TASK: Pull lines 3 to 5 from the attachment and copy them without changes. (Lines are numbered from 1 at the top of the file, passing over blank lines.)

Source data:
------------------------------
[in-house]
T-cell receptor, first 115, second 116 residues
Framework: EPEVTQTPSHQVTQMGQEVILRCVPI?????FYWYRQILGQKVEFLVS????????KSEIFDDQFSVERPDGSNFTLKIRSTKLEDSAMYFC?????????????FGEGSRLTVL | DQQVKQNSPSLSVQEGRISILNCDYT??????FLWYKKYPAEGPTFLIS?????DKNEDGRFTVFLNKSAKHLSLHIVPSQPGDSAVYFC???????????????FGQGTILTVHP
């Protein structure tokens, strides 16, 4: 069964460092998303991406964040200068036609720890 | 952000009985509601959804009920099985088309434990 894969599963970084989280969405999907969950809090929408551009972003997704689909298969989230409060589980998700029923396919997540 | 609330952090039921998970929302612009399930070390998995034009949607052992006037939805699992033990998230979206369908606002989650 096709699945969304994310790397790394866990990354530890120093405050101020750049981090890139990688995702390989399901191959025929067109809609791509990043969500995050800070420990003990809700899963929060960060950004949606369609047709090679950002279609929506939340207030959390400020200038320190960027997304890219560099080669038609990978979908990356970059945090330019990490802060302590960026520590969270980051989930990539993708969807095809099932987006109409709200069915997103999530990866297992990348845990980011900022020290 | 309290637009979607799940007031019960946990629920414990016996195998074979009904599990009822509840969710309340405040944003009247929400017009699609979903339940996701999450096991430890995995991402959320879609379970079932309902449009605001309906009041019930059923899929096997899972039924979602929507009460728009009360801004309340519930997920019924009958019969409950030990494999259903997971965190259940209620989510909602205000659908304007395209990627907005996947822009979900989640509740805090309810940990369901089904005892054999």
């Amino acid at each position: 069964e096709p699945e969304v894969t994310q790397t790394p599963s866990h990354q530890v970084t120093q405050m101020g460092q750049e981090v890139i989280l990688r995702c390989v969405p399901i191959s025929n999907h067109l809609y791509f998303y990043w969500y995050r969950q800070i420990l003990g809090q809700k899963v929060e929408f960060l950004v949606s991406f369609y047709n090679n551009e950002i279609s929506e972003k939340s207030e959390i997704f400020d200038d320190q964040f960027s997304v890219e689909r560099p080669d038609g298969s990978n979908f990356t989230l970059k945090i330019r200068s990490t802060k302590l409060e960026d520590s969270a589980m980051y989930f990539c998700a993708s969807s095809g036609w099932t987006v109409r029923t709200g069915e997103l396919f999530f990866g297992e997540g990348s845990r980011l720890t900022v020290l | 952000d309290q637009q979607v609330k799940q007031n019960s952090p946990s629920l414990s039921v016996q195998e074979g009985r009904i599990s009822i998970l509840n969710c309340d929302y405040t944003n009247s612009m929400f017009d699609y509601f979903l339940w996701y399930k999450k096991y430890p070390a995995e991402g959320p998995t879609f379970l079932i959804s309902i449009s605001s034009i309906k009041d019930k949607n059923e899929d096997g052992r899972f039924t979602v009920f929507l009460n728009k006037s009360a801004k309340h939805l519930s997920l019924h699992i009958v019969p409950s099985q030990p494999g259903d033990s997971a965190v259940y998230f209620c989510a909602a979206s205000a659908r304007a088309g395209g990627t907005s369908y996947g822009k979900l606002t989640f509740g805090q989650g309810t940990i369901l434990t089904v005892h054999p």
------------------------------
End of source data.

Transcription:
Framework: EPEVTQTPSHQVTQMGQEVILRCVPI?????FYWYRQILGQKVEFLVS????????KSEIFDDQFSVERPDGSNFTLKIRSTKLEDSAMYFC?????????????FGEGSRLTVL | DQQVKQNSPSLSVQEGRISILNCDYT??????FLWYKKYPAEGPTFLIS?????DKNEDGRFTVFLNKSAKHLSLHIVPSQPGDSAVYFC???????????????FGQGTILTVHP
């Protein structure tokens, strides 16, 4: 069964460092998303991406964040200068036609720890 | 952000009985509601959804009920099985088309434990 894969599963970084989280969405999907969950809090929408551009972003997704689909298969989230409060589980998700029923396919997540 | 609330952090039921998970929302612009399930070390998995034009949607052992006037939805699992033990998230979206369908606002989650 096709699945969304994310790397790394866990990354530890120093405050101020750049981090890139990688995702390989399901191959025929067109809609791509990043969500995050800070420990003990809700899963929060960060950004949606369609047709090679950002279609929506939340207030959390400020200038320190960027997304890219560099080669038609990978979908990356970059945090330019990490802060302590960026520590969270980051989930990539993708969807095809099932987006109409709200069915997103999530990866297992990348845990980011900022020290 | 309290637009979607799940007031019960946990629920414990016996195998074979009904599990009822509840969710309340405040944003009247929400017009699609979903339940996701999450096991430890995995991402959320879609379970079932309902449009605001309906009041019930059923899929096997899972039924979602929507009460728009009360801004309340519930997920019924009958019969409950030990494999259903997971965190259940209620989510909602205000659908304007395209990627907005996947822009979900989640509740805090309810940990369901089904005892054999």
């Amino acid at each position: 069964e096709p699945e969304v894969t994310q790397t790394p599963s866990h990354q530890v970084t120093q405050m101020g460092q750049e981090v890139i989280l990688r995702c390989v969405p399901i191959s025929n999907h067109l809609y791509f998303y990043w969500y995050r969950q800070i420990l003990g809090q809700k899963v929060e929408f960060l950004v949606s991406f369609y047709n090679n551009e950002i279609s929506e972003k939340s207030e959390i997704f400020d200038d320190q964040f960027s997304v890219e689909r560099p080669d038609g298969s990978n979908f990356t989230l970059k945090i330019r200068s990490t802060k302590l409060e960026d520590s969270a589980m980051y989930f990539c998700a993708s969807s095809g036609w099932t987006v109409r029923t709200g069915e997103l396919f999530f990866g297992e997540g990348s845990r980011l720890t900022v020290l | 952000d309290q637009q979607v609330k799940q007031n019960s952090p946990s629920l414990s039921v016996q195998e074979g009985r009904i599990s009822i998970l509840n969710c309340d929302y405040t944003n009247s612009m929400f017009d699609y509601f979903l339940w996701y399930k999450k096991y430890p070390a995995e991402g959320p998995t879609f379970l079932i959804s309902i449009s605001s034009i309906k009041d019930k949607n059923e899929d096997g052992r899972f039924t979602v009920f929507l009460n728009k006037s009360a801004k309340h939805l519930s997920l019924h699992i009958v019969p409950s099985q030990p494999g259903d033990s997971a965190v259940y998230f209620c989510a909602a979206s205000a659908r304007a088309g395209g990627t907005s369908y996947g822009k979900l606002t989640f509740g805090q989650g309810t940990i369901l434990t089904v005892h054999p």